SMBs (small and medium-size businesses), the backbone of the UAE economy, will defy the global financial crisis because of lower operating costs and sufficient liquidity on their hands, according to the organisers of the Small & Medium Enterprises (SME) Expo & Conference which will be held from 2 to 4 February, 2010, at the Dubai International Convention & Exhibition Centre.
Mr. Satish Khanna, General Manager, Al Fajer Information and Services organizing the show said: “Until now we didn’t agree on a common term for small and medium enterprises. They are called SMBs or SMEs interchangeably. Simply, they are defined as companies whose headcount or turnover falls below certain limits which should be identified.”
The abbreviation SME is used commonly in the European Union and in international organizations, such as the World Bank, the United Nations and the WTO. The term small and medium-size businesses or SMBs is predominantly used in the USA.
Khanna added: “Dubai is both a dynamic international business centre and a laid-back tourist getaway. It has long been acknowledged as the trading and re-export hub of the MENA region. The flexibility of opening up a business here made it a hot favorite amongst SMBs.”
The SME Expo and Conference serves as a platform to explore business opportunities, learn the latest SME market trends, establish contacts, enhance export and import, network, explore business opportunities, exchange expertise and display products and services.
The lack of a universal definition for SMEs is often considered an obstacle for business studies and market research. Definitions in use today define thresholds in terms of employment, turnover and assets. They also incorporate a reasonable amount of flexibility around year-to-year changes in these measures so that a business qualifying as an SME in one year can have a reasonable expectation of remaining an SME in the next. The thresholds themselves, however, vary substantially between countries.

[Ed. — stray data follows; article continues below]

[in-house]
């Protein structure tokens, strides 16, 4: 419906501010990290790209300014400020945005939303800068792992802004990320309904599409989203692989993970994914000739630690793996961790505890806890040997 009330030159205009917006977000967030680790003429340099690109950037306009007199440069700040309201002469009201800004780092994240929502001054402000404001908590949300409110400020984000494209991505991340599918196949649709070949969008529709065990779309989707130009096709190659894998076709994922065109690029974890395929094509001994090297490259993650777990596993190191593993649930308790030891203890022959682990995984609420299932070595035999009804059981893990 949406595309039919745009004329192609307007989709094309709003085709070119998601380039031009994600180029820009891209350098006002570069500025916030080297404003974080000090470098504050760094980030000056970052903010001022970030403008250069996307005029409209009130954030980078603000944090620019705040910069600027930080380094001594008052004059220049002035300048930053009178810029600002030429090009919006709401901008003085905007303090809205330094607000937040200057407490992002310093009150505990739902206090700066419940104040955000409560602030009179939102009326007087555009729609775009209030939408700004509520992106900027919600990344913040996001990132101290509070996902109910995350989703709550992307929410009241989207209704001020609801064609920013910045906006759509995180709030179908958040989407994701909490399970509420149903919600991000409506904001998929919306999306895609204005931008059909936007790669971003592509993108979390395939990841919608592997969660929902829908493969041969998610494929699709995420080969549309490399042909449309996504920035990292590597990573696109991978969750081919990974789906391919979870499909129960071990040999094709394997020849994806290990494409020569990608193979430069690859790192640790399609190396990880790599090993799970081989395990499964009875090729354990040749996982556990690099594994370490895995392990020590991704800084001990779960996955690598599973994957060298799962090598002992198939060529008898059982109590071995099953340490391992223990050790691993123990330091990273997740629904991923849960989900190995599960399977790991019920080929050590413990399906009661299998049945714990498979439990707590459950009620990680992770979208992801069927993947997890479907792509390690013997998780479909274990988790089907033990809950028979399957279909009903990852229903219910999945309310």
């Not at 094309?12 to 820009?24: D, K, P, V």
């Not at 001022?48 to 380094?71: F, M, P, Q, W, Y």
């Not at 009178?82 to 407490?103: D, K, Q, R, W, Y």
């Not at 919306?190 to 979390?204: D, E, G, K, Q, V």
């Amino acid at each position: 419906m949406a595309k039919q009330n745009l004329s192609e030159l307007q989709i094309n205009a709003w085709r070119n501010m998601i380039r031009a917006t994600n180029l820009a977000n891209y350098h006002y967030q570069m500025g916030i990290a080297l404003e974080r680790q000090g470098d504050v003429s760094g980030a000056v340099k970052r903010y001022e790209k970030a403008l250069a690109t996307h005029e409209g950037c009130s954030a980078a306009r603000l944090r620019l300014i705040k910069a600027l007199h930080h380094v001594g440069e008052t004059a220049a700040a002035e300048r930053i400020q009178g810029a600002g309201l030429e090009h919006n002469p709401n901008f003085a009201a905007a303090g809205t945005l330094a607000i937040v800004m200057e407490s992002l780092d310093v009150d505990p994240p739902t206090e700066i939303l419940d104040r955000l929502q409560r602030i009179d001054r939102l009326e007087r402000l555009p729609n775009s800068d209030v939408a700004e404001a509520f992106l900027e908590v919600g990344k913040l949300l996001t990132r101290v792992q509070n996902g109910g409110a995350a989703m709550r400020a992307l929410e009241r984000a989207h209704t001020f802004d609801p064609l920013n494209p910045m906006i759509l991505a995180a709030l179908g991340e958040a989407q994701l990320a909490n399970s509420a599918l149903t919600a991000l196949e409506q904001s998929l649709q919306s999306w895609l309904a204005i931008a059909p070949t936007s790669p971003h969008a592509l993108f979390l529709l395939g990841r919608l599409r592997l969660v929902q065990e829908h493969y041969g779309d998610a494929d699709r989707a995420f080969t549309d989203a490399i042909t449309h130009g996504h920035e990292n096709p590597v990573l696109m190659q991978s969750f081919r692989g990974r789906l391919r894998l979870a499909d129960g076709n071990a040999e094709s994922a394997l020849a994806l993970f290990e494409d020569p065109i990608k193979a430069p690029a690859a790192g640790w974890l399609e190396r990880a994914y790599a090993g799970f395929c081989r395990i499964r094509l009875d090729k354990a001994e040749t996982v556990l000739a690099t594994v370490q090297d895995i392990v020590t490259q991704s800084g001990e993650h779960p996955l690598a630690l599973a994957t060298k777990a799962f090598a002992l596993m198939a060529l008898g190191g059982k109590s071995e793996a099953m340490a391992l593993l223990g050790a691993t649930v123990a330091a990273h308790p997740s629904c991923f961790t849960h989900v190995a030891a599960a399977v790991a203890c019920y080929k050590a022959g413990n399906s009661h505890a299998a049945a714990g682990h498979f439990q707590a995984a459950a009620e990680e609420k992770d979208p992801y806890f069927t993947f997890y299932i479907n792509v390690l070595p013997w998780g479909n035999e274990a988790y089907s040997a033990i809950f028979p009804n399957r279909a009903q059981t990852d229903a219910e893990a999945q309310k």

Khanna added: “SMBs form the pivot of the economic development in the UAE. They have the right directors who understand the market well and have professional techniques to move these companies forward. In addition, their operating costs are low, so they can defy the global crunch and emerge from it with the least damage, if not profit.”
According to the Planning and Economy Department in Abu Dhabi, SMBs constitute 94 percent of the total projects in UAE, followed by 92 per cent in Bahrain, Oman and Qatar, 78 per cent in Kuwait and 75 per cent in KSA.
SMBs did not get as seriously affected by the crisis as the large enterprises, which shows their role in confronting the crisis. Importance of effective response to crisis will be discussed by international and local experts at the The Small & Medium Enterprises (SME) Expo & Conference 2010.
Companies at the expo will be from the areas of management and marketing, human resources management, vocational and professional trainings, marketing service, branding consultancy, PR, media and publications, professional and trade services, accounting, legal, design, IT and e-commerce, business consultancy, banking and insurance, government, franchising, garments and textile trade, handicrafts, agricultural products and food processing, energy and environmental technology, industrial machinery, packaging products, vehicle equipment and motor trade, industrial, chemicals and bio-technology, industrial automation and robotics, strategic partnership and networking.
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